For years after Japan surrendered in 1945, Japanese soldiers were found still fighting on this or that Pacific island, unaware that the war had ended. One of the last was Fumio Nakahira, an army captain, who was discovered on the Philippines island of Mindoro in 1980. He was the Newt Gingrich of his day.
Gingrich, too, has vowed to fight on. His sword will rust and his horse will die under him, but he and the loyal Callista will persist, taking their quest for the White House into the bush, the jungle, the mountain redoubts of America. There will be sightings — Gingrich appearing at some Holiday Inn, at a bowling alley, in the forest, at a meeting of the Tea Party. Most of these sightings will be unconfirmed, but occasionally the TV news will find someone who swears he saw Gingrich. “He was here,” the witness will say, “and he had some grand ideas.”
For a time, Gingrich will work as a greeter at the Las Vegas Venetian hotel, owned by his (sole) benefactor, Sheldon Adelson. This is what Joe Louis did at Caesar’s Palace in the 1970s, and some people thought it was beneath him. But the champ needed a job, and so does Gingrich, and these things can be explained away. After a while, though, even Adelson will tire of Gingrich and his incessant hectoring of hotel guests with one idea after another. “Let me unpack,” one guest was heard to plead. That was when Adelson sacked Gingrich despite his having converted to Judaism, his fourth religion.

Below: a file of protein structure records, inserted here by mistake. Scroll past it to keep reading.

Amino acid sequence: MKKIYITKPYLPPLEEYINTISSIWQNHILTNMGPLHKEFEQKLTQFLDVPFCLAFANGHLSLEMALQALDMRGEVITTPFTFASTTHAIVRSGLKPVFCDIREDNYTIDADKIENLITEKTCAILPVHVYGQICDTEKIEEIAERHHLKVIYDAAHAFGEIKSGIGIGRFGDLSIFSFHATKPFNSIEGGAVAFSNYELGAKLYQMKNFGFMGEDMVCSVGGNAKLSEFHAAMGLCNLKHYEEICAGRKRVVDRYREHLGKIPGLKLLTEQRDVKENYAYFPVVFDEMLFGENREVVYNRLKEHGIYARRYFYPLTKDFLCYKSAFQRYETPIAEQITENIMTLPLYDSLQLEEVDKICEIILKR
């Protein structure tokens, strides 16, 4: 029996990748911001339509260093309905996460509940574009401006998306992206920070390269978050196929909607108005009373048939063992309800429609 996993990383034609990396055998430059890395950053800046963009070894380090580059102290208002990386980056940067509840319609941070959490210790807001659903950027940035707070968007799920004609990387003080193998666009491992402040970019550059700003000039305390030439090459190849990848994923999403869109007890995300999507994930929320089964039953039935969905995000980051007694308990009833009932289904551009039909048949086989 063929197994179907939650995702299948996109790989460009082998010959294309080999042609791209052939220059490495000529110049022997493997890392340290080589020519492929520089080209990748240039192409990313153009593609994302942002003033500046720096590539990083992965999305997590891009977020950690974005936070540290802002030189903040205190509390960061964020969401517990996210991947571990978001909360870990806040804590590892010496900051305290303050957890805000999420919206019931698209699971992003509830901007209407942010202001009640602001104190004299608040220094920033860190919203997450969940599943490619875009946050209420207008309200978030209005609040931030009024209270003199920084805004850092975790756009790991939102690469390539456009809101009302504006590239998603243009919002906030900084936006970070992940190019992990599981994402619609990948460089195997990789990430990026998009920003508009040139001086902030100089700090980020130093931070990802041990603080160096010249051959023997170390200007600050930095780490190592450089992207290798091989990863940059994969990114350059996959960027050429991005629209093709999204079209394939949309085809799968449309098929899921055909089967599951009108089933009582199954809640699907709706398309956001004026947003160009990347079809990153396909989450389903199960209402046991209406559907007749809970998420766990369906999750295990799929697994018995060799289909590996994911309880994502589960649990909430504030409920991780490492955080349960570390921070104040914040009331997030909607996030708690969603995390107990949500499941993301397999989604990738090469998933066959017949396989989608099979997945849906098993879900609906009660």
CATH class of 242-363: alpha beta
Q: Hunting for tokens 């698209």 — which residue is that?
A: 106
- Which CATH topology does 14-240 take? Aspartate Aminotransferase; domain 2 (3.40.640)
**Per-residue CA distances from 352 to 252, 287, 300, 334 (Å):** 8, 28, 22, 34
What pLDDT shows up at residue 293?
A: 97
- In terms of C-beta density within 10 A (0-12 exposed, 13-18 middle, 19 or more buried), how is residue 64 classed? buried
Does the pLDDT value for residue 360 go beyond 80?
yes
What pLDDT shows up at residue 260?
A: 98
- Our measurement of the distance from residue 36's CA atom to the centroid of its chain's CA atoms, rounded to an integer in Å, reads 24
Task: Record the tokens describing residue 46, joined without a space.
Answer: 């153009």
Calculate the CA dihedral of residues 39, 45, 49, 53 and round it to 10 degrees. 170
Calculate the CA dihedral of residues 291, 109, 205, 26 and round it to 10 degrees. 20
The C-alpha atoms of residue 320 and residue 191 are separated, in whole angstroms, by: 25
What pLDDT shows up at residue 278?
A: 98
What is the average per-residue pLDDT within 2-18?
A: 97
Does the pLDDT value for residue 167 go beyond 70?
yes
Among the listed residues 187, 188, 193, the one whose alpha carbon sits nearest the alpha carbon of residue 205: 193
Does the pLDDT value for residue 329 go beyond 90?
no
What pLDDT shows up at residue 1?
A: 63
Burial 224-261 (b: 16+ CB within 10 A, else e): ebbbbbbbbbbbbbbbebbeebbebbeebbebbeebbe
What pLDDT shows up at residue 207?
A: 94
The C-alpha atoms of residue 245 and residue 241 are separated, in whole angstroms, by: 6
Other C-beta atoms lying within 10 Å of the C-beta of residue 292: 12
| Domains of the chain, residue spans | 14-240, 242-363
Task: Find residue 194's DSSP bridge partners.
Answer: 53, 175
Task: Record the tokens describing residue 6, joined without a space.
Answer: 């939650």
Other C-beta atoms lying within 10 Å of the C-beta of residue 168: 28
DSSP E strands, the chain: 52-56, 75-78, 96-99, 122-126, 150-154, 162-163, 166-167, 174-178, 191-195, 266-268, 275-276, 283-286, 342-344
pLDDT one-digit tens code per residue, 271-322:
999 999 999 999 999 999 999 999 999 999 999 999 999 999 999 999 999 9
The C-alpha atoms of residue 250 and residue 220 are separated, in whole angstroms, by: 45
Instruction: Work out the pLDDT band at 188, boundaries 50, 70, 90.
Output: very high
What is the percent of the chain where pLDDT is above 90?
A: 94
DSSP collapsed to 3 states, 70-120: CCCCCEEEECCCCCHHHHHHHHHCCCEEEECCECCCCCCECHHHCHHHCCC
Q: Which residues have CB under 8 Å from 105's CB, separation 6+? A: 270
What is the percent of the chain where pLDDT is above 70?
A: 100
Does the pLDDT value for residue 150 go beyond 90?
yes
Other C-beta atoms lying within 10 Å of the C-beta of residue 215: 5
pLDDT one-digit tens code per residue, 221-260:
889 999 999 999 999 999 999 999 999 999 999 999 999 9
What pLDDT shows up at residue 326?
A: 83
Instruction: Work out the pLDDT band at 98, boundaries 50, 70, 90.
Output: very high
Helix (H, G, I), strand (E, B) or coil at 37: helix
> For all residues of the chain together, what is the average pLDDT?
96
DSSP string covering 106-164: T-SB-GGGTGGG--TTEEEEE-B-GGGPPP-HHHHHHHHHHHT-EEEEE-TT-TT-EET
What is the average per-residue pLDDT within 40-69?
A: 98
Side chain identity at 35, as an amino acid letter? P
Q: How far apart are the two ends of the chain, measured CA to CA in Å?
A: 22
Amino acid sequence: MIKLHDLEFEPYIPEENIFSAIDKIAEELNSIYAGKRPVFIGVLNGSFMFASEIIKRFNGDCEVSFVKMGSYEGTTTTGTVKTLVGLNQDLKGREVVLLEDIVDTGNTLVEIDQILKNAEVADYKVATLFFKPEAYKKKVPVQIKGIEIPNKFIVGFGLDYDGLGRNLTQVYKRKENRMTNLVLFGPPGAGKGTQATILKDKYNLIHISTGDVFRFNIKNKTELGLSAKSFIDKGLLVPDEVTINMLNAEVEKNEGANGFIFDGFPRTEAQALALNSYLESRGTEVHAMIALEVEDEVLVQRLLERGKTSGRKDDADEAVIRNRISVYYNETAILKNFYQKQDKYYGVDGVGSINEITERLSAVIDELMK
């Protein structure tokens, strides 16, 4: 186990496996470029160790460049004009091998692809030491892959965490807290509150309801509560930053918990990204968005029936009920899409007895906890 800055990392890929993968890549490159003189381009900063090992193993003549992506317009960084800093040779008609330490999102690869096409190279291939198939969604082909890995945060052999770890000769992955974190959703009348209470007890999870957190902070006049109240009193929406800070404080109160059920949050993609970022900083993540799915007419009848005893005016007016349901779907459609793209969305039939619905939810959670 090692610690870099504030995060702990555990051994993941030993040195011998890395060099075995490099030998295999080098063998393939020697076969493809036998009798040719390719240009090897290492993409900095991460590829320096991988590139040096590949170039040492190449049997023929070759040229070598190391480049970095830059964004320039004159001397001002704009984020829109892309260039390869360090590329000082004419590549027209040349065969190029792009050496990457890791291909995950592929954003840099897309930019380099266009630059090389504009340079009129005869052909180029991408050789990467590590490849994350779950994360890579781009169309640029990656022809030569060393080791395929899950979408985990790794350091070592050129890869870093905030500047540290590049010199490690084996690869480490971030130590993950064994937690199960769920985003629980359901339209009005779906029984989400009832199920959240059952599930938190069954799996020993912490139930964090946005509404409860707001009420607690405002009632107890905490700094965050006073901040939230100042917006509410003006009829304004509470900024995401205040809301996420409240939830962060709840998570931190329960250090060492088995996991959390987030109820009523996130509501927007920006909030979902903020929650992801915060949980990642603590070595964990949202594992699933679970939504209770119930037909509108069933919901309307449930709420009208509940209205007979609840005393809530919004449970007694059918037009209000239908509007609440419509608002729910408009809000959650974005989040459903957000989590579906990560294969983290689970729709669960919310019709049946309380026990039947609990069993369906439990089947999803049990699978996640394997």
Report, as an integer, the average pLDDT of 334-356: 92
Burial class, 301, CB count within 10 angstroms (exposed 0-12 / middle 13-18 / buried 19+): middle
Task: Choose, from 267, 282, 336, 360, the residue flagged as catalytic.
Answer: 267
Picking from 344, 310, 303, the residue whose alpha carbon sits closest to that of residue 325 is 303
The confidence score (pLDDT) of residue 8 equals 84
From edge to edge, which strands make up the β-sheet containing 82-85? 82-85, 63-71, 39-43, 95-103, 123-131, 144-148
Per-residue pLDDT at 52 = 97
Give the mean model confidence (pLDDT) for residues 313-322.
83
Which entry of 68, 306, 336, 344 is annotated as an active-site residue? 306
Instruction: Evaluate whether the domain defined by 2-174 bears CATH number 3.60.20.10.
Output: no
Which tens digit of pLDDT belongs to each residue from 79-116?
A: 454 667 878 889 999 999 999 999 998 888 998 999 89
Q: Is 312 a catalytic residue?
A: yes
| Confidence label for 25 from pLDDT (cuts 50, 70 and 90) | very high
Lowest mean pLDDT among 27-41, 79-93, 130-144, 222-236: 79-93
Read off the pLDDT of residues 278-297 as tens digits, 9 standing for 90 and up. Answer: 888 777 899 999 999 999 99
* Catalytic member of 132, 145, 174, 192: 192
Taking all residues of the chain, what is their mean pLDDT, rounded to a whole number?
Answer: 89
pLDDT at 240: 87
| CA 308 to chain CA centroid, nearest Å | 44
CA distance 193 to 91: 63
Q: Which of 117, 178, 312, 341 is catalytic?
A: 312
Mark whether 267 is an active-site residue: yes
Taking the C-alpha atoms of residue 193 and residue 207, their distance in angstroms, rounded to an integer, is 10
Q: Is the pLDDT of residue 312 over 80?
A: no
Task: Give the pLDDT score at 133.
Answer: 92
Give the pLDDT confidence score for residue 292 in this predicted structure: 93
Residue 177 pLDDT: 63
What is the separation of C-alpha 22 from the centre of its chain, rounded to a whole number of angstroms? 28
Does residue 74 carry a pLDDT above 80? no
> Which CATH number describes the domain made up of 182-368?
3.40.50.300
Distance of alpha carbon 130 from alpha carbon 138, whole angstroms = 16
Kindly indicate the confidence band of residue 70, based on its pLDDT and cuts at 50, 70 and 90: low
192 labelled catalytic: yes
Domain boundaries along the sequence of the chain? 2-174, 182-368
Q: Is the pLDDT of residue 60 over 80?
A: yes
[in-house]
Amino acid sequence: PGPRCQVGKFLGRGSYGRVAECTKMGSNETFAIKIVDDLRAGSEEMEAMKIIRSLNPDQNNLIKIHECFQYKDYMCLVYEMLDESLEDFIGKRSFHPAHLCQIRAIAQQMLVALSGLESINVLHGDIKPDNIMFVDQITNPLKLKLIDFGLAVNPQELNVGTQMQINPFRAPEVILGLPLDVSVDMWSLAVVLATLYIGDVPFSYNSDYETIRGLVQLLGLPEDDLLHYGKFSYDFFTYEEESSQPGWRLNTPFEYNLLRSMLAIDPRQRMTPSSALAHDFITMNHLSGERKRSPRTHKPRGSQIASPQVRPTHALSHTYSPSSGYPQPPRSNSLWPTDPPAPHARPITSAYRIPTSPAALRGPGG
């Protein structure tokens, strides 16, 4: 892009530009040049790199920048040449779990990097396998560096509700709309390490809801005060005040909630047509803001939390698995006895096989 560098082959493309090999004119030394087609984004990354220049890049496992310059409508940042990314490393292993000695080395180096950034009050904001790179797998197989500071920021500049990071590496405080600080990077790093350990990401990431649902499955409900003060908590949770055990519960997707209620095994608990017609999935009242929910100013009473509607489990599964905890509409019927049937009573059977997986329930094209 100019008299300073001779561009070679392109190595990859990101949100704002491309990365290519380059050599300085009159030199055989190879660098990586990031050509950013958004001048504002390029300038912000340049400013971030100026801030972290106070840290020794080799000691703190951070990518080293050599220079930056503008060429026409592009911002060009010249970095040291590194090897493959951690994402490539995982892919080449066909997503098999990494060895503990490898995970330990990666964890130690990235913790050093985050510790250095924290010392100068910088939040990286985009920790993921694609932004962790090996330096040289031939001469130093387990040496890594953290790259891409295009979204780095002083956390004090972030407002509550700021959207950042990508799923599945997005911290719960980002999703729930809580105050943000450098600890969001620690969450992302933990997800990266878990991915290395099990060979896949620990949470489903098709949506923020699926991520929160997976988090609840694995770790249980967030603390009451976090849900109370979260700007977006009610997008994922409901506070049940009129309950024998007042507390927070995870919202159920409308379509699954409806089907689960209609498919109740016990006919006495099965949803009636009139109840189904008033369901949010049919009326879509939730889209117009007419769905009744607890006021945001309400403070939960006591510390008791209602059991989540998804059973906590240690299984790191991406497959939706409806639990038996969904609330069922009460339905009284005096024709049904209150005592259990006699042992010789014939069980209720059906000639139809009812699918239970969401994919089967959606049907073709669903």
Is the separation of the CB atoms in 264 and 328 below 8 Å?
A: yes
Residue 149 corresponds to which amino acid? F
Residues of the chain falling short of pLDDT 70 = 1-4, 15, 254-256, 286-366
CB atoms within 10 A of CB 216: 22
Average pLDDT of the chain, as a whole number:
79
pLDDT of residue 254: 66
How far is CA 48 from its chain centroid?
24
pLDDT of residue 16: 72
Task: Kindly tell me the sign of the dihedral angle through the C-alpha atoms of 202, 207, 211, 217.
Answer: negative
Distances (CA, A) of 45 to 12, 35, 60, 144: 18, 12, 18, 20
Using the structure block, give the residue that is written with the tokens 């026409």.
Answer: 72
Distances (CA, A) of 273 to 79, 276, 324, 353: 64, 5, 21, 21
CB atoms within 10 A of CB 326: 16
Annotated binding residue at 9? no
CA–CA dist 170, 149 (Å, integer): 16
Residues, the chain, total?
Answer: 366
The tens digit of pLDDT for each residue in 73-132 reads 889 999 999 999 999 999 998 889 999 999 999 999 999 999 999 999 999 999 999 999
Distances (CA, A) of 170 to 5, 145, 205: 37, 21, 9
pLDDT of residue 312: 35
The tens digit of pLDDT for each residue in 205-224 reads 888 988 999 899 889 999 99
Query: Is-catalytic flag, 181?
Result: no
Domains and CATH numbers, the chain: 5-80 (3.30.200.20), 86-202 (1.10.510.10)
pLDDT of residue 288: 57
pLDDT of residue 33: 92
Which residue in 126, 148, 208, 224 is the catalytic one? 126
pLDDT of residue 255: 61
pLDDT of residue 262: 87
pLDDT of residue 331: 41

In his own mind, Gingrich was a guerrilla fighter. He saw himself as living off the land, darting into some village or town and leaving a big idea behind. Every so often, he would call a news conference and announce the firing of his campaign manager, even though by then he didn’t have any. Mysterious position papers kept appearing, some of them nicely done and even making some sense, but then would come a tirade and a call to go to war — sometimes against a country no one ever heard of.
Gingrich blamed the elite media for not covering him. He blamed the Republican Party for shutting him out. He blamed the 21st century for not being the 20th, and he would make forays into Washington, showing up at the TV networks on Sunday morning, hoping to get on “Meet the Press,” which almost anyone could. He was always turned away, sometimes because Rick Santorum was the main guest, but usually on account of John McCain, who had taken an apartment in the NBC Bureau. Gingrich would then retreat, vowing never to surrender. “I will return,” he exclaimed, echoing Douglas MacArthur. He never did …
… But he never left, either.